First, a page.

Okay, so I've mentioned my all time favorite PNG truck here a few times before. It's the 1979 AM General, 6 wheel drive, 5 ton cargo truck, the M813A1. Ours is an ex-USMC example, with the locking differentials in the rear, which means that it is an extremely capable machine. We also have the PTO driven 10 ton winch on the front of ours.
I admit it, I was starting to feel a little bad about the fact that we weren't using the truck much. I am pretty sure that I have discussed our reasons for buying it elsewhere in this blog. At any rate, we bought it, shipped it here, sorted out various little problems that it had, and then did exactly what the US Marines apparently did with it for much of its 30 years--we parked it and only used it once in a while.
And then one day we got asked to haul some cargo for a Papua New Guinean man who had worked for Wycliffe for many years and was moving all of his goods and chattel back to his home village, which was about 10 or 12 hours drive away, and very much of that on rough, single lane dirt roads. We struck a deal on the price for this kind of hauling, and suddenly people started coming out of the woodwork asking for us to haul cargo to remote places.
My friend Tony did the first trip, and I went with him on the second trip. On the second trip we were hired to haul a 4 ton piece of mining equipment out to a place about 3 or 4 hours from here. It was a dreary, drizzly day and the road was mostly mud and had several places like this in it:
Don't be fooled by the ruts in the road--those are the width of "normal" cars, which, if you are reading this from the US, are narrower than what you are used to, and quite a bit narrower than our 6x6 truck. There were only inches to spare on either side of the wheels, and these washouts could really only be safely crossed with the help of somebody standing on the far side helping the driver make precise adjustments to the wheels. That was my job this time. We also had to cross several old Bailey bridges, some better than others. This was probably the best one:
When we got close to our destination, we were stopped by a group of obviously angry young men who demanded that we shut off the engine and wanted to know who we were and what our business was. Instead of shutting down, we reversed out of there and back into more friendly territory until we could figure out what was going on. What followed was a heated 45 minute discussion among the members of one clan arguing about why the other clan had stopped us, what should be done about it, etc., etc. Eventually we were told by the men who hired us to just unload the truck and they would figure out later how to get the load to where it was supposed to go. We were halfway through unloading it when suddenly we got word that it was okay for us to drive through to the original destination, so which much effort, we got the load back on to the truck and tied it back down, then drove on through the troubled area, (turns out that there was fighting going on between two clans in that area, but the very same guys who had angrily stopped us before were all smiles and cheers when we drove through the second time), and eventually made it to where we had been hired to go. By the way, this is what our load looked like--I took this photo at about 6:15 a.m. as we were doing a final check of the load before hitting the bush road:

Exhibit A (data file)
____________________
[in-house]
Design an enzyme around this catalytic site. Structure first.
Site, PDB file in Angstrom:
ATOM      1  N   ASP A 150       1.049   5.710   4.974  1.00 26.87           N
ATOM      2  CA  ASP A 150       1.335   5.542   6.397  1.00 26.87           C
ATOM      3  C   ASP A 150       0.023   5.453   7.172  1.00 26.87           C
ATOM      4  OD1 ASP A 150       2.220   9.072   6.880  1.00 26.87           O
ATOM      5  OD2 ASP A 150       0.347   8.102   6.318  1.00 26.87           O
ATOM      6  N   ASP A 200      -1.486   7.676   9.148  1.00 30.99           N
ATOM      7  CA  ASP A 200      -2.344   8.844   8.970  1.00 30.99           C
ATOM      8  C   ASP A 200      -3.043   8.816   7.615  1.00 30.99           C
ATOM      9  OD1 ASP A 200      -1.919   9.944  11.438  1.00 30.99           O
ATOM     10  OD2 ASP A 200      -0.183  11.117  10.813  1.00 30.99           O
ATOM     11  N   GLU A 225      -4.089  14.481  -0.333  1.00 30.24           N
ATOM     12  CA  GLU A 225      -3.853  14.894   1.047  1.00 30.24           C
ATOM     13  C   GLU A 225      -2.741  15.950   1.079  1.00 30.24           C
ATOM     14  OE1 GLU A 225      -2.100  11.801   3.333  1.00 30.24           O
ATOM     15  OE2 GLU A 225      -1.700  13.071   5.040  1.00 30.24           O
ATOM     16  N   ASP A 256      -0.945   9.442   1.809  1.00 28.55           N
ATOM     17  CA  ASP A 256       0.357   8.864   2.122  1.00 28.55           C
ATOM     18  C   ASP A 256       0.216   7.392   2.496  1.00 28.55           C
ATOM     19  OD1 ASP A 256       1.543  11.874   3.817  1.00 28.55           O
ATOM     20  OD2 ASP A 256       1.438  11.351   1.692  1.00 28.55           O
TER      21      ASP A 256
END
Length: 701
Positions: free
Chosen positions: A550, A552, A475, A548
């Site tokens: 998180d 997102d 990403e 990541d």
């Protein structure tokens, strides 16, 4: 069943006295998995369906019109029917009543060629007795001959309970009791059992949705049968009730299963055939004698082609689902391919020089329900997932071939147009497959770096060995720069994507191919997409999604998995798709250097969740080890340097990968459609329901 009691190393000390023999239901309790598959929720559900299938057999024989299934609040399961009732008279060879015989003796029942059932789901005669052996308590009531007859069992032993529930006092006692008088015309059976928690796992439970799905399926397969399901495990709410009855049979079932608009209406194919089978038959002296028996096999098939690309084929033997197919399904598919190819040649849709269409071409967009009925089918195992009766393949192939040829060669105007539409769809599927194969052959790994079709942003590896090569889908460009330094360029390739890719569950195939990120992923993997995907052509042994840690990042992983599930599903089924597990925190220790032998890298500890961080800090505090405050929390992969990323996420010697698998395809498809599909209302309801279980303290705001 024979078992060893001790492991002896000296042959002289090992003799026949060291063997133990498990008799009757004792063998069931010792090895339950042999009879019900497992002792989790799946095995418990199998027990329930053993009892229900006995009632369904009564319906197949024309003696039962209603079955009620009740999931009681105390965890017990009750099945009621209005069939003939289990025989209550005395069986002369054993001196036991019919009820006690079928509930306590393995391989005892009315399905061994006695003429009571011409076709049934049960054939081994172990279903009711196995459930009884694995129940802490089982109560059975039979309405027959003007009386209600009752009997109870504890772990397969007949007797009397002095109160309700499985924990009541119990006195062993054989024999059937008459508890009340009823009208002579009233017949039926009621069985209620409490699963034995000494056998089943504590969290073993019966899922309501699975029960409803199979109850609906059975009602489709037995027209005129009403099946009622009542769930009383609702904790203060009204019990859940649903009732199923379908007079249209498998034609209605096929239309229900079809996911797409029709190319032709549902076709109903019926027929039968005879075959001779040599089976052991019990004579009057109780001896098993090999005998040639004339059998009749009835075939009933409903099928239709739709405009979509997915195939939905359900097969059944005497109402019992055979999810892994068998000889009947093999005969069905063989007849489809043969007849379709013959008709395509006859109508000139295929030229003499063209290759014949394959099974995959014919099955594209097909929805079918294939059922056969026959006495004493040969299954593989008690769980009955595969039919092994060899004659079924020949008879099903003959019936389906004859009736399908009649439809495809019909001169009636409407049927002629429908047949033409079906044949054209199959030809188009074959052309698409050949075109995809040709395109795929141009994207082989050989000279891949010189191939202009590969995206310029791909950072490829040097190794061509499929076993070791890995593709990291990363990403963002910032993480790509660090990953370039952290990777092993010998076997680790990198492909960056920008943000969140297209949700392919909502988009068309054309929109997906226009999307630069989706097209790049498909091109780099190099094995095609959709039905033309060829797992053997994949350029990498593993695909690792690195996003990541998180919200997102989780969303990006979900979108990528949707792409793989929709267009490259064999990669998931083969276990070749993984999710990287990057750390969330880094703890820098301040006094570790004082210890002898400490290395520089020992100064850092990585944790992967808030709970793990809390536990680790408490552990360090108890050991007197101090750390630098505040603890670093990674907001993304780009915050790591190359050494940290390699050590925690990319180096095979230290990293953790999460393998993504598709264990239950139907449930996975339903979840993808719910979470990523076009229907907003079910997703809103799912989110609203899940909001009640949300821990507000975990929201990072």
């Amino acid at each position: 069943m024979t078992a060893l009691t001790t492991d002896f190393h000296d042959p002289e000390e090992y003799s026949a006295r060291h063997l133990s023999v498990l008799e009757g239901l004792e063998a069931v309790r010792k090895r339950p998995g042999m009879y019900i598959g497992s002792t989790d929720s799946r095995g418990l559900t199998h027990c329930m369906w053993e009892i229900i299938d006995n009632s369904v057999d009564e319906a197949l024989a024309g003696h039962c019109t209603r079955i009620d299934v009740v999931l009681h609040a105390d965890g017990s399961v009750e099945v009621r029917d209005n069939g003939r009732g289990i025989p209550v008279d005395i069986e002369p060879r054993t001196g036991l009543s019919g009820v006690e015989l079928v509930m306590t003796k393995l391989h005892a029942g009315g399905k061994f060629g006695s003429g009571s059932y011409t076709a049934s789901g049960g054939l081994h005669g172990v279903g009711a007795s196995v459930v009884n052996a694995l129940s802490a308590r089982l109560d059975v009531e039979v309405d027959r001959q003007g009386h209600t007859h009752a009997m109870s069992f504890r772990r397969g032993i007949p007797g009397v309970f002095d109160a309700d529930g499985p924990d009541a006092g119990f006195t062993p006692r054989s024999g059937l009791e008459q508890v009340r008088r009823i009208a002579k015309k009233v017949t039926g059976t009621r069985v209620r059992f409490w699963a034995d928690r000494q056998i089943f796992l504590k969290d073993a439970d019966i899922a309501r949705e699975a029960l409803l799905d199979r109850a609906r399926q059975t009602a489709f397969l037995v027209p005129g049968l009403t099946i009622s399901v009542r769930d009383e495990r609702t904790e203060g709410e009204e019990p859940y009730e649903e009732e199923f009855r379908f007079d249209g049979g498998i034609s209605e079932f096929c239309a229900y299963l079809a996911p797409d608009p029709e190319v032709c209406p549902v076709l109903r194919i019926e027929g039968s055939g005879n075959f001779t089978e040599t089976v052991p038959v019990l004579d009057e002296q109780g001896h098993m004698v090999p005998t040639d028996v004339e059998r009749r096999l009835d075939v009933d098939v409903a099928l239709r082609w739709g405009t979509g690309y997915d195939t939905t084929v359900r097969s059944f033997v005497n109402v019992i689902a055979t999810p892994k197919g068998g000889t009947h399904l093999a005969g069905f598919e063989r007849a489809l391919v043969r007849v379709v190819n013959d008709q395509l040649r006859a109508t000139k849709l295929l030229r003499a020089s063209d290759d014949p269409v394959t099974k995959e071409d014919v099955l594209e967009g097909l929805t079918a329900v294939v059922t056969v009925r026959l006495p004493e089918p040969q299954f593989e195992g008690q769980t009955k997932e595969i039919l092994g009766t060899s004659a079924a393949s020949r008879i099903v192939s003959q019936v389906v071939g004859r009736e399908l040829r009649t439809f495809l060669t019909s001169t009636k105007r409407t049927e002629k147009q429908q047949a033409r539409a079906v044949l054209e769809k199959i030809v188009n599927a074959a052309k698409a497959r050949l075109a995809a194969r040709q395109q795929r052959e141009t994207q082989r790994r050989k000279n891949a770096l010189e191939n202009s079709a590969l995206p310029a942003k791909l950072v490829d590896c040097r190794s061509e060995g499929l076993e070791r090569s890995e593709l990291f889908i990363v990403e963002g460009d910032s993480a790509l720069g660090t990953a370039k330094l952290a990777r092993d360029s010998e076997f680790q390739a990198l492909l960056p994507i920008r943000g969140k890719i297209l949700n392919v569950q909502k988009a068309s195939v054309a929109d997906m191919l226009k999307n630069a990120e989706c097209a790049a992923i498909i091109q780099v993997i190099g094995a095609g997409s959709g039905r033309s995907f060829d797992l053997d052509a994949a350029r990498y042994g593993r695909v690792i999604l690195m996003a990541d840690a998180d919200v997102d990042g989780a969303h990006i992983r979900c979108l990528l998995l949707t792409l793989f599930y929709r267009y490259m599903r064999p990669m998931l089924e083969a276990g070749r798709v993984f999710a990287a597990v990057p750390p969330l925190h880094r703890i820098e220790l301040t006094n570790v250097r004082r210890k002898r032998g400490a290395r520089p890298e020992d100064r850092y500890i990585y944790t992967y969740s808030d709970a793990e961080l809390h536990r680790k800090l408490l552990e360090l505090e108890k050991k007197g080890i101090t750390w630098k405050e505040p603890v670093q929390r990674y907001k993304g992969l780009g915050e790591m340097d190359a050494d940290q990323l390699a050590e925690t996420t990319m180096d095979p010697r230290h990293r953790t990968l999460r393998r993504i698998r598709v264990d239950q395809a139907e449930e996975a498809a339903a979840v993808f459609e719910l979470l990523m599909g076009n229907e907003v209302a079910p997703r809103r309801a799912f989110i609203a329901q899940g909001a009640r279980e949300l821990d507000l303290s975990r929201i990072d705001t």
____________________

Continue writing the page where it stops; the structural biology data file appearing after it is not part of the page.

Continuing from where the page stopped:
So when we got to the final destination, the equipment that was originally supposed to be there to unload the truck wasn't there yet and the guys who hired us told us to simply chain the load to a tree and drive the truck out from under it!! I got some good video of that, here's Tony carefully driving the truck out from under the load, EXACTLY according to the directions of the man who built the machine that we were unloading. He's standing on the other side of the truck, giving Tony directions through the driver's window. It's my voice you hear in the foreground as I was getting impatient and wondering why it was taking so long to unload :
So we've got a couple more of these trips planned in the not too distant future, the next one is down into the Ramu valley to move 7 tons of lumber for a local guy and I'll be driving for that one. Then it's back to where we dropped off the mining equipment to drop off a mostly empty 20 foot container that they will be using as a secure storage area. Hopefully the road will be a little bit better this time, as an excavator is being driven up there on that road and he will have to make repairs to it in order to make it through.
So why do we do this? Well, the fact is that we are in need of funds! We don't make very much money doing this, but we do make a little and it helps to keep the workshop open and to pay our employees. Anything extra gets funneled back into Wycliffe to support the work of Bible translation. We've been trying to do more commercial work lately and this is one of those services that we can offer which is in demand and which no one else is offering.